The Degar peoples resisted. Just as they had done for centuries. The Degar tribes did not fight for French or American colonial rule. They did not fight to keep Vietnam free of communist rule. They simply resisted so that they could remain on their ancestral homeland. The war may have very well been a struggle between two political systems, but for the Degar it was one of survival. The Vietnamese had been the ones to push the Degar tribes to these highlands in the first place. During the war the Vietnamese threatened to push the Degar off the last strip of land they had left to call their own. 

The legacy of standing up to Vietnamese aggression is one that still haunts the Degar tribes today. Vietnam went on to win the bloody war against American aggression. The fact that the Degar tribes had sided with the Americans is a memory that has not yet been forgotten. And it is one that is still used for political gains by land-grabbing Vietnamese politicians and military leaders. 

(Degar protest in front of The White House)

Today the Degar people are oppressed in ways that directly mirror the atrocities committed against them in centuries past. The government of Vietnam is directly responsible for the confiscation of Degar lands, the forced conversions of Degar peoples, the continual violence perpetrated against Degar civilians, unlawful and arbitrary arrests of Degar tribal members, and the persistent harassment of Degar villages. The government of Vietnam cordons off Degar lands from the outside world as it blocks access to the Degar people it so readily persecutes. All the while the government of Vietnam exploits the natural resources of Degar lands by allowing Vietnam's elite to sell off it's lumber, lands for plantations, and controlling access to the water sources on Degar lands.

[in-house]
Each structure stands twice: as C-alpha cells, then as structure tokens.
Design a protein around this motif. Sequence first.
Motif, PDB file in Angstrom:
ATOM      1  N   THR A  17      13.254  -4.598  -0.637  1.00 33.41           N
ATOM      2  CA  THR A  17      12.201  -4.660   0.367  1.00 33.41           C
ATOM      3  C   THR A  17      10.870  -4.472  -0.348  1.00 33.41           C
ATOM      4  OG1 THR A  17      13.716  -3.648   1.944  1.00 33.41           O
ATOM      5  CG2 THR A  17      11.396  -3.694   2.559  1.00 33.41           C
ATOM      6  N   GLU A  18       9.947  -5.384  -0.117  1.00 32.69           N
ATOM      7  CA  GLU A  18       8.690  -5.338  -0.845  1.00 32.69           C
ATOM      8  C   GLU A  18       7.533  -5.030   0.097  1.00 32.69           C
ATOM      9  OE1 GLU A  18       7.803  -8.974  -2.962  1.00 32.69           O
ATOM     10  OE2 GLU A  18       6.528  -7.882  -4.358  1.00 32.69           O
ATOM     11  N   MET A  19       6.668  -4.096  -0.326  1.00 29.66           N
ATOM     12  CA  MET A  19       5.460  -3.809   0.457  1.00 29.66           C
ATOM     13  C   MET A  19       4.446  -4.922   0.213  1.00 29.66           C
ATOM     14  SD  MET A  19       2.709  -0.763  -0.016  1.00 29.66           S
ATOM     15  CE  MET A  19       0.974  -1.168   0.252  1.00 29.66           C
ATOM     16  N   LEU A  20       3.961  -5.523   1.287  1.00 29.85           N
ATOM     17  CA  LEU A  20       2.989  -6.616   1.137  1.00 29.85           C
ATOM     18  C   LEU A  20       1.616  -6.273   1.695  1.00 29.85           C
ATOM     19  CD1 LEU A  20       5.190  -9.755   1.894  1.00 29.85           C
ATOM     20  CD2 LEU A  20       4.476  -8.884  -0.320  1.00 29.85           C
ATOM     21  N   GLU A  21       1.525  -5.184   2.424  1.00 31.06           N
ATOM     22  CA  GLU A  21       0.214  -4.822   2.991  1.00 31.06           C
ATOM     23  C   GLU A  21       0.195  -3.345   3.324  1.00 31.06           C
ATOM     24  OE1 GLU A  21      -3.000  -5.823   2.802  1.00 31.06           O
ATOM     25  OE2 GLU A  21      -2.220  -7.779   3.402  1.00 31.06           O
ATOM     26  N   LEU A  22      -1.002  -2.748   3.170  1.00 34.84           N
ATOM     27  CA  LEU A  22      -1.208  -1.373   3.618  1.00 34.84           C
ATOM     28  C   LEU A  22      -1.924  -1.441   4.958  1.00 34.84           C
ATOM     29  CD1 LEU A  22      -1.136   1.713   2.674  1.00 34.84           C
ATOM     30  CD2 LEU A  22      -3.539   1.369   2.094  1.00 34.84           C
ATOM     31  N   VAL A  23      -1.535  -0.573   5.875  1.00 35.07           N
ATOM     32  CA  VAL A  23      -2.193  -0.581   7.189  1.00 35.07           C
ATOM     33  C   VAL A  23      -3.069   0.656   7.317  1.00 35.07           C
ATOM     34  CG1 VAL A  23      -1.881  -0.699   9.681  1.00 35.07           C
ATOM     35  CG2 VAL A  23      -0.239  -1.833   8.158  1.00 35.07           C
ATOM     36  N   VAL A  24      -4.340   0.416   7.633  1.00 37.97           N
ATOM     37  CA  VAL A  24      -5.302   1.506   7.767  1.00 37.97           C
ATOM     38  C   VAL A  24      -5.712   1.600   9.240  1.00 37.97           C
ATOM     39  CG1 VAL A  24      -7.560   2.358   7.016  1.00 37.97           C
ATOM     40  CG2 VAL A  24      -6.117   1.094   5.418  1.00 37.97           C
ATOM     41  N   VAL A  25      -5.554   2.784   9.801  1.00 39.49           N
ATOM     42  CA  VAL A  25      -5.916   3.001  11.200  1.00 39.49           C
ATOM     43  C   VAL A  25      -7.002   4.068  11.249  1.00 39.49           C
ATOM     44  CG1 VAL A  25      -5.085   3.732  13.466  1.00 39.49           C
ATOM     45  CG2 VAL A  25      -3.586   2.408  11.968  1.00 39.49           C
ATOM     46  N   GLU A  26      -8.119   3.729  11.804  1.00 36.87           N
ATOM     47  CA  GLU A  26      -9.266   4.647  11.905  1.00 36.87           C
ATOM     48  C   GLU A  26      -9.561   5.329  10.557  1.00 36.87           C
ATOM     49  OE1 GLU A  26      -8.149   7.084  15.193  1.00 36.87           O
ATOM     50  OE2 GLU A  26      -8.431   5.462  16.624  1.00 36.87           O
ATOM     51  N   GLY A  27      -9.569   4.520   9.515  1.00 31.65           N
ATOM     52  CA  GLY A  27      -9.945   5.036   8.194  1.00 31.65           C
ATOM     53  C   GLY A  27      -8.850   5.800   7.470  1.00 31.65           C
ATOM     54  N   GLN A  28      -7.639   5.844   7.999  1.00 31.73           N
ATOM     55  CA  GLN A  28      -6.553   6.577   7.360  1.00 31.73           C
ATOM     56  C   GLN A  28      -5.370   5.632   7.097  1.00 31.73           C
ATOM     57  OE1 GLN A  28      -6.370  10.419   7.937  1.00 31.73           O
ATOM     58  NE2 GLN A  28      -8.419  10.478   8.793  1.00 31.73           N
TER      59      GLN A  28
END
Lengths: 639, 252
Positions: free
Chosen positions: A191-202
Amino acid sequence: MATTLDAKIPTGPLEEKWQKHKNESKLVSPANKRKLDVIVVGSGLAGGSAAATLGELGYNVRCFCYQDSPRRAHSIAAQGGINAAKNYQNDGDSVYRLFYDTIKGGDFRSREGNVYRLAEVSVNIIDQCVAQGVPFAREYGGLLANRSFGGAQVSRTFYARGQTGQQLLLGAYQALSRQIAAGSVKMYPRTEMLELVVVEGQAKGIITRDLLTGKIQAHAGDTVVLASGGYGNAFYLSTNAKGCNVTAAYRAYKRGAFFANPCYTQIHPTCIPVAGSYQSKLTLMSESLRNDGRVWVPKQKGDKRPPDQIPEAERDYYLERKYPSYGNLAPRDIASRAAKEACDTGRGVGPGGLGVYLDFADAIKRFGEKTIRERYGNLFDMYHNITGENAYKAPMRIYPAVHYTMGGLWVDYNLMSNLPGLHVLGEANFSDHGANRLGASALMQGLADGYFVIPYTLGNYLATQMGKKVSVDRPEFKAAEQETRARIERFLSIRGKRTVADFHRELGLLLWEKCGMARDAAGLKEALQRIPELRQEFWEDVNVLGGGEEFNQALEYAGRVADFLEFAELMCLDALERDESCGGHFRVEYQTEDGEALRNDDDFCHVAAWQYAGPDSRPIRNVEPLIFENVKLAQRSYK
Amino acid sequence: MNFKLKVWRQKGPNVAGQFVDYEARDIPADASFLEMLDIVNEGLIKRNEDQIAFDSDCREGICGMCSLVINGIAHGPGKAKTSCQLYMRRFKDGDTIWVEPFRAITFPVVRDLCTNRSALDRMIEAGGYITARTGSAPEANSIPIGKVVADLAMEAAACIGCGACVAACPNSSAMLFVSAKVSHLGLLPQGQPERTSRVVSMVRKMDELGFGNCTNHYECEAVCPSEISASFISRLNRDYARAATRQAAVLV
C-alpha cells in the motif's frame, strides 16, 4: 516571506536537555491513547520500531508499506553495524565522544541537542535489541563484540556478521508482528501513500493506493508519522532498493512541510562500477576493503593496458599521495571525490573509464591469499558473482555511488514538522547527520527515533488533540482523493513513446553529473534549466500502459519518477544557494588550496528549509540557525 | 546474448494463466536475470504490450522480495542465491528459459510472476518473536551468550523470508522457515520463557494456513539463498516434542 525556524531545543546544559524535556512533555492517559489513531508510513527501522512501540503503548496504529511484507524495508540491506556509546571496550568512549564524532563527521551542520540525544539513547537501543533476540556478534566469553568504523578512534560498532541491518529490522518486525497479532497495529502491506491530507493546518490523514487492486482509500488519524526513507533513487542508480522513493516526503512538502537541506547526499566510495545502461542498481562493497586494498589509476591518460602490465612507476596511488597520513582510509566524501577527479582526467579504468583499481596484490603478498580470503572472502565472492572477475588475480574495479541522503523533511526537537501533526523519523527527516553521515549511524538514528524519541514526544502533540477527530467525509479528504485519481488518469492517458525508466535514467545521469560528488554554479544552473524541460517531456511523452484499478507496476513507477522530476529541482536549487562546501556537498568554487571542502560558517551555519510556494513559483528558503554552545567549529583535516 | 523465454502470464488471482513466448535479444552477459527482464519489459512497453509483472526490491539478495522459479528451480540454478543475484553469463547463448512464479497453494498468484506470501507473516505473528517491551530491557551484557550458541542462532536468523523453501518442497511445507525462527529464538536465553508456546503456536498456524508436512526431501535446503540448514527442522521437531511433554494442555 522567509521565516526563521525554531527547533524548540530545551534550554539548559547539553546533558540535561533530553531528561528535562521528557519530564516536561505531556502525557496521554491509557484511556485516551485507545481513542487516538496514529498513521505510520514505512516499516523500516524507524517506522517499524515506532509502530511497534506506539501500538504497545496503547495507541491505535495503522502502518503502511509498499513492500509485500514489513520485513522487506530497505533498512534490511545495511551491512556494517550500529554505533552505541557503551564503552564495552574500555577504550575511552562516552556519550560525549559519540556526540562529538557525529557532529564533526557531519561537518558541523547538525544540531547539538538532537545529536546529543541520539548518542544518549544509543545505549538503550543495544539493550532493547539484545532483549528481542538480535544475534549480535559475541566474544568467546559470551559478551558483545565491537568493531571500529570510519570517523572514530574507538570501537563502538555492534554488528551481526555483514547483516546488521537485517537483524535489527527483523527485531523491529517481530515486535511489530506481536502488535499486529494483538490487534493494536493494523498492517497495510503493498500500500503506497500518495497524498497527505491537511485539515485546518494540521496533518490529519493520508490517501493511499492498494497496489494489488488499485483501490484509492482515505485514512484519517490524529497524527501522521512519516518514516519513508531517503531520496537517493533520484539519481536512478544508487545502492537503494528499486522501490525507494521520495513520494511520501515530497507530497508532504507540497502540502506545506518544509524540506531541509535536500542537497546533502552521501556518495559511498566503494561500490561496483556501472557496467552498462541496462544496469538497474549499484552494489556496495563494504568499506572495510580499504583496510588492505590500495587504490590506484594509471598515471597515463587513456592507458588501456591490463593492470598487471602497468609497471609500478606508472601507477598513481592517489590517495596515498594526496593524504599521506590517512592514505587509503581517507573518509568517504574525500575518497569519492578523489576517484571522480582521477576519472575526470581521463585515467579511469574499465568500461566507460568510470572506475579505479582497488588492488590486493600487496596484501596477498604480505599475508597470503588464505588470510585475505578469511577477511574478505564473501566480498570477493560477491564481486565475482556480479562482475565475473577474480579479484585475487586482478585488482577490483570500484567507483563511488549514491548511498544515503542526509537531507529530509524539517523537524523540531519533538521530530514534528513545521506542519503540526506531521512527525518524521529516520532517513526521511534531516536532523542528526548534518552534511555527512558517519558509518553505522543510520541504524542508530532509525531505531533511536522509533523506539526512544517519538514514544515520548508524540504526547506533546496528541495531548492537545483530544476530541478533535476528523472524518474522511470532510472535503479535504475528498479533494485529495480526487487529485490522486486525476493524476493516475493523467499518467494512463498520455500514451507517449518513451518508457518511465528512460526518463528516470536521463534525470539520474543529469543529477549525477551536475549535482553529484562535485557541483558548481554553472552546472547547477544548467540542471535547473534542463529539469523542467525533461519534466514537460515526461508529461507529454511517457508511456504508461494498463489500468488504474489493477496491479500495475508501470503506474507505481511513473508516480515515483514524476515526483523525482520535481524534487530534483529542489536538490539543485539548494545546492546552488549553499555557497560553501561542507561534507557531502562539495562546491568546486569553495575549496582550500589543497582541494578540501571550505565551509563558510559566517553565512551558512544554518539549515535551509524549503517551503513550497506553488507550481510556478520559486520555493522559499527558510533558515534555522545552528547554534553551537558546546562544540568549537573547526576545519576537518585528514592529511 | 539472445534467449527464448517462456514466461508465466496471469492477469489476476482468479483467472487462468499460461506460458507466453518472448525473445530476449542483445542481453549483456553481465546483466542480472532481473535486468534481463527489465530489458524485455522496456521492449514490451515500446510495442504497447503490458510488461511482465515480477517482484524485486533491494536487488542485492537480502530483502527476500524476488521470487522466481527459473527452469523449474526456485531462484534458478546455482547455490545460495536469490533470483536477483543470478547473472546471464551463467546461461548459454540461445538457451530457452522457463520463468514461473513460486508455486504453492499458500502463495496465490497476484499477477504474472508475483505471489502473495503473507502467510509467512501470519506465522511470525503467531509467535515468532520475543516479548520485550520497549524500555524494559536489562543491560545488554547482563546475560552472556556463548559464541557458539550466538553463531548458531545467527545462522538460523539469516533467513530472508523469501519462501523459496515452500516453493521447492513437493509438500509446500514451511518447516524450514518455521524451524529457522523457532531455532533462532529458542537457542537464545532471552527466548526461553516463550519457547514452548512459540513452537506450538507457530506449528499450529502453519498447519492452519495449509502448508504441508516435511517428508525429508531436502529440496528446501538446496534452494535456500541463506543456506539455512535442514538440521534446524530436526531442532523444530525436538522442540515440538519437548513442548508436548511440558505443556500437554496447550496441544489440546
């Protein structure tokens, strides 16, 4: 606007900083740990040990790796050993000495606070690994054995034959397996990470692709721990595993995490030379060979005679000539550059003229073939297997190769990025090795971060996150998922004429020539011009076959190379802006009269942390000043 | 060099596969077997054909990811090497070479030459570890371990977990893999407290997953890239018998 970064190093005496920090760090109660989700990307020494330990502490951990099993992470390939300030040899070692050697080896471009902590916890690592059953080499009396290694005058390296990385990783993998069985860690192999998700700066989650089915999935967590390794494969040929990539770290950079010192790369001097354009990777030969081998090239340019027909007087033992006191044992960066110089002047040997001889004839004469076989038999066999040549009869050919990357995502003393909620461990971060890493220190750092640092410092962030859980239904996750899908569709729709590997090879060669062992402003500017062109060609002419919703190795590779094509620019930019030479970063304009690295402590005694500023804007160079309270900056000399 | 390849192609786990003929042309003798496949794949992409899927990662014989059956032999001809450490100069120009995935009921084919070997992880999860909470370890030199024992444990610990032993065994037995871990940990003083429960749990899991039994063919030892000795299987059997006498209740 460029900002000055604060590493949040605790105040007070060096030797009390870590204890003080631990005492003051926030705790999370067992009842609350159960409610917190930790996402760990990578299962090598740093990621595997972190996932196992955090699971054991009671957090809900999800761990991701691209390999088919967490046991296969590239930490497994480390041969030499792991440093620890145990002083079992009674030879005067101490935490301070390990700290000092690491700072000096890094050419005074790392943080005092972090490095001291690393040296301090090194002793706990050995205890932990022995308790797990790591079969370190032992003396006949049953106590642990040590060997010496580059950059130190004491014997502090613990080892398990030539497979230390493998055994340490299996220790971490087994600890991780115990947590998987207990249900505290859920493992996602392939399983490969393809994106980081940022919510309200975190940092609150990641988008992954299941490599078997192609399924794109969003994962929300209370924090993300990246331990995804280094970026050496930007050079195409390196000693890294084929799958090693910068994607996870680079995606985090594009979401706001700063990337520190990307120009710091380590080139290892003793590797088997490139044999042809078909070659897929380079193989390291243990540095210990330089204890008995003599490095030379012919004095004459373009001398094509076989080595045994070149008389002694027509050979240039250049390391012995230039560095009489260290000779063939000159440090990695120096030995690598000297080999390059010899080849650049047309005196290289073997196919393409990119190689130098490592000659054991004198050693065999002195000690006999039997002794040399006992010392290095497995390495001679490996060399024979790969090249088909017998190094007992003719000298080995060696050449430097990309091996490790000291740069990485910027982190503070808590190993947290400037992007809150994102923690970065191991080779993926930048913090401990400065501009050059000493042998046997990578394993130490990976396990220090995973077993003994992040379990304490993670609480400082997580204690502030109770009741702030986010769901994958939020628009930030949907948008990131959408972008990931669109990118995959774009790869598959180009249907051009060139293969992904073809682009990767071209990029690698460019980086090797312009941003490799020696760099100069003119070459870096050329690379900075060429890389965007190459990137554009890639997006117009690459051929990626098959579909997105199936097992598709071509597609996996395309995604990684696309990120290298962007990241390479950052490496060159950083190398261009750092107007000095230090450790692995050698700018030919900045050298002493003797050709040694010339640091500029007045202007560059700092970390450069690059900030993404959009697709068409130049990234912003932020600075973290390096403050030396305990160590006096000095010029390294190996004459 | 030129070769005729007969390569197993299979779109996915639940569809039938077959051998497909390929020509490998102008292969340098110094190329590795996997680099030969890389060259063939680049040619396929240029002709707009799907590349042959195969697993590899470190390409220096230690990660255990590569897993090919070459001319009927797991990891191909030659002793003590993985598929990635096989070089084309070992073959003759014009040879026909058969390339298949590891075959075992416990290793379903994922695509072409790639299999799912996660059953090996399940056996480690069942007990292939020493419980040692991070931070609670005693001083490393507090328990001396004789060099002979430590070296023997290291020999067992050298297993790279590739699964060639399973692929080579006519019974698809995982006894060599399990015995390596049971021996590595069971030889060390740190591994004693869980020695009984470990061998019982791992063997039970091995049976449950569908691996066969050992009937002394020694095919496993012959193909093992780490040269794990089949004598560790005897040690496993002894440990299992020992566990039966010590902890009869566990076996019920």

Continual persecution has led many Degar to unite in ways that have blurred the lines between the many different tribes of Degars. Vietnam's harsh treatment of the Degar has led to mass protests within Vietnam (always met with violent oppressive actions by the state) and mass protests in countries that Degar refugees have resettled in. In 2001 the Degar marched on provincial cities across the Central Highlands to demand the return of their ancestral homelands, basic religious freedoms, their basic human rights to be recognized, and ethnic recognition by the Vietnamese government. Since then the oppressive measures taken by Vietnam have only increased. 

Vietnam has sent large numbers of police and military into the Central Highlands in an attempt to seal off the region from outside eyes. Churches (homes used as churches) have been burned in retaliation for Degars preaching the Christian faith. Leaders of the Degar community have been rounded up and sentenced to lengthy prison sentences (many still awaiting trial while being kept in prison). Women and Degar youth are constantly harassed by the military as Degar families are kept as prisoners on their own lands. And the border with Cambodia is heavily monitored in an effort to keep the thousands of Degar refugees from fleeing Vietnamese oppressive rule. 

Meanwhile the government of Vietnam hides behind claims that the Degar are terrorists that are dead-set upon damaging national unity and breaking away from Vietnam. These are claims that have yet to be proven by a regime that forbids foreign journalists and aid workers from entering the Central Highlands. While the regime uses these claims to crackdown on Degar tribes (essentially stripping them of all basic human rights) it outright refuses any outside government to investigate the claims. 

So while Vietnam carries out what has all the hallmarks of ethnic cleansing, the outside world is left to watch. While Vietnam behaves in much the same way as Burma does in the Arakan... the outside world once again ignores signs of what has the potential to become (if it has not already been) genocide.